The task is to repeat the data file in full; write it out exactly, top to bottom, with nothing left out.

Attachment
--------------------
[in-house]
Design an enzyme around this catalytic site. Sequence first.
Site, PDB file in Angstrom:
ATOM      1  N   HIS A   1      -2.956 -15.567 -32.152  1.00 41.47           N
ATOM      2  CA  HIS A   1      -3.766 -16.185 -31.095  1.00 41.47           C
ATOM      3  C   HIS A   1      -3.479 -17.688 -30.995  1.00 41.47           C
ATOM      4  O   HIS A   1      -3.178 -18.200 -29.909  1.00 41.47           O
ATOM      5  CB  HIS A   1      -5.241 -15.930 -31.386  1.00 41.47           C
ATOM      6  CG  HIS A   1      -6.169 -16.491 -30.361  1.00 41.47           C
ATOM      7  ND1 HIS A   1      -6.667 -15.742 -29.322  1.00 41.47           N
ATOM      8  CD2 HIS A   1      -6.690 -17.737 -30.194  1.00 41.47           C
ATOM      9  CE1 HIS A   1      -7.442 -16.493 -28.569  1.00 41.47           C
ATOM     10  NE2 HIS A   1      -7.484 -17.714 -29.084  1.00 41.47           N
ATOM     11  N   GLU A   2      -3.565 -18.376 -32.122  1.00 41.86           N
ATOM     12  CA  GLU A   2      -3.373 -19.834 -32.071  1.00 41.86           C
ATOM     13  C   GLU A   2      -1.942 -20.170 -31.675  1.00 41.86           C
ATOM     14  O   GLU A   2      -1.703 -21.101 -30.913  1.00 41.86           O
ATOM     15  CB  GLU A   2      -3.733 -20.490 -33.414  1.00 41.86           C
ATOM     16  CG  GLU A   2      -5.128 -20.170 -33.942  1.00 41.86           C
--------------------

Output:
[in-house]
Design an enzyme around this catalytic site. Sequence first.
Site, PDB file in Angstrom:
ATOM      1  N   HIS A   1      -2.956 -15.567 -32.152  1.00 41.47           N
ATOM      2  CA  HIS A   1      -3.766 -16.185 -31.095  1.00 41.47           C
ATOM      3  C   HIS A   1      -3.479 -17.688 -30.995  1.00 41.47           C
ATOM      4  O   HIS A   1      -3.178 -18.200 -29.909  1.00 41.47           O
ATOM      5  CB  HIS A   1      -5.241 -15.930 -31.386  1.00 41.47           C
ATOM      6  CG  HIS A   1      -6.169 -16.491 -30.361  1.00 41.47           C
ATOM      7  ND1 HIS A   1      -6.667 -15.742 -29.322  1.00 41.47           N
ATOM      8  CD2 HIS A   1      -6.690 -17.737 -30.194  1.00 41.47           C
ATOM      9  CE1 HIS A   1      -7.442 -16.493 -28.569  1.00 41.47           C
ATOM     10  NE2 HIS A   1      -7.484 -17.714 -29.084  1.00 41.47           N
ATOM     11  N   GLU A   2      -3.565 -18.376 -32.122  1.00 41.86           N
ATOM     12  CA  GLU A   2      -3.373 -19.834 -32.071  1.00 41.86           C
ATOM     13  C   GLU A   2      -1.942 -20.170 -31.675  1.00 41.86           C
ATOM     14  O   GLU A   2      -1.703 -21.101 -30.913  1.00 41.86           O
ATOM     15  CB  GLU A   2      -3.733 -20.490 -33.414  1.00 41.86           C
ATOM     16  CG  GLU A   2      -5.128 -20.170 -33.942  1.00 41.86           C